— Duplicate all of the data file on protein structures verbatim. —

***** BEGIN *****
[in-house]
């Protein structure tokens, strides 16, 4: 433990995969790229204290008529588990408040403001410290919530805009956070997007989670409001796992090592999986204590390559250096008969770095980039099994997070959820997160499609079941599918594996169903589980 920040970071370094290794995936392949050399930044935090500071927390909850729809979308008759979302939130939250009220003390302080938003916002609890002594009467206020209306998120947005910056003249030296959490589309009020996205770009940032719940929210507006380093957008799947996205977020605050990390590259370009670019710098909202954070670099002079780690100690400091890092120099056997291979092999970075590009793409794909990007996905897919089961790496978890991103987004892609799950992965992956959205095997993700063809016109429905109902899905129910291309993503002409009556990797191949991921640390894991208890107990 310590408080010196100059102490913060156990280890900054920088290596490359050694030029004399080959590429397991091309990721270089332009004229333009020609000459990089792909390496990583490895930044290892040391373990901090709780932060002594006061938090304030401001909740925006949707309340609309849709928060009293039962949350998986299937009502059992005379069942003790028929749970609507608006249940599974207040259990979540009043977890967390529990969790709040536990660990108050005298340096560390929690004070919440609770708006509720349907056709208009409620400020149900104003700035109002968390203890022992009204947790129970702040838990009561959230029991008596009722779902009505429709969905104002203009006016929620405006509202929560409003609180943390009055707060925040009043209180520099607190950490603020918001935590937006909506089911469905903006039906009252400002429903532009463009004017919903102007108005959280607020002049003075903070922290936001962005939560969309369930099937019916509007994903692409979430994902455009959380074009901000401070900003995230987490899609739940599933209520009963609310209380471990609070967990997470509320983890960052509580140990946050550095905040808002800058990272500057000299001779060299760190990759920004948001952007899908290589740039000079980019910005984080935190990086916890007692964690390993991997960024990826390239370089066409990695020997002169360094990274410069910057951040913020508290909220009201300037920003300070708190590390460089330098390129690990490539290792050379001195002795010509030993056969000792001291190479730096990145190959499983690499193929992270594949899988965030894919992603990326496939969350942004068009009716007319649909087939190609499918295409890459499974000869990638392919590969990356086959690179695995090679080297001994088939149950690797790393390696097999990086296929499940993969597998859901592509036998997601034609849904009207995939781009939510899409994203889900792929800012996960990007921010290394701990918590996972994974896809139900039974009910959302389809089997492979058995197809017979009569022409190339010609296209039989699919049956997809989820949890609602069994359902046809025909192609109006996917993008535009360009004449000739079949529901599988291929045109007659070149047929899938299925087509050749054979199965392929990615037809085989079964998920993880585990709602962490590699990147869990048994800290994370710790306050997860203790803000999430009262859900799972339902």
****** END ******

[in-house]
């Protein structure tokens, strides 16, 4: 433990995969790229204290008529588990408040403001410290919530805009956070997007989670409001796992090592999986204590390559250096008969770095980039099994997070959820997160499609079941599918594996169903589980 920040970071370094290794995936392949050399930044935090500071927390909850729809979308008759979302939130939250009220003390302080938003916002609890002594009467206020209306998120947005910056003249030296959490589309009020996205770009940032719940929210507006380093957008799947996205977020605050990390590259370009670019710098909202954070670099002079780690100690400091890092120099056997291979092999970075590009793409794909990007996905897919089961790496978890991103987004892609799950992965992956959205095997993700063809016109429905109902899905129910291309993503002409009556990797191949991921640390894991208890107990 310590408080010196100059102490913060156990280890900054920088290596490359050694030029004399080959590429397991091309990721270089332009004229333009020609000459990089792909390496990583490895930044290892040391373990901090709780932060002594006061938090304030401001909740925006949707309340609309849709928060009293039962949350998986299937009502059992005379069942003790028929749970609507608006249940599974207040259990979540009043977890967390529990969790709040536990660990108050005298340096560390929690004070919440609770708006509720349907056709208009409620400020149900104003700035109002968390203890022992009204947790129970702040838990009561959230029991008596009722779902009505429709969905104002203009006016929620405006509202929560409003609180943390009055707060925040009043209180520099607190950490603020918001935590937006909506089911469905903006039906009252400002429903532009463009004017919903102007108005959280607020002049003075903070922290936001962005939560969309369930099937019916509007994903692409979430994902455009959380074009901000401070900003995230987490899609739940599933209520009963609310209380471990609070967990997470509320983890960052509580140990946050550095905040808002800058990272500057000299001779060299760190990759920004948001952007899908290589740039000079980019910005984080935190990086916890007692964690390993991997960024990826390239370089066409990695020997002169360094990274410069910057951040913020508290909220009201300037920003300070708190590390460089330098390129690990490539290792050379001195002795010509030993056969000792001291190479730096990145190959499983690499193929992270594949899988965030894919992603990326496939969350942004068009009716007319649909087939190609499918295409890459499974000869990638392919590969990356086959690179695995090679080297001994088939149950690797790393390696097999990086296929499940993969597998859901592509036998997601034609849904009207995939781009939510899409994203889900792929800012996960990007921010290394701990918590996972994974896809139900039974009910959302389809089997492979058995197809017979009569022409190339010609296209039989699919049956997809989820949890609602069994359902046809025909192609109006996917993008535009360009004449000739079949529901599988291929045109007659070149047929899938299925087509050749054979199965392929990615037809085989079964998920993880585990709602962490590699990147869990048994800290994370710790306050997860203790803000999430009262859900799972339902």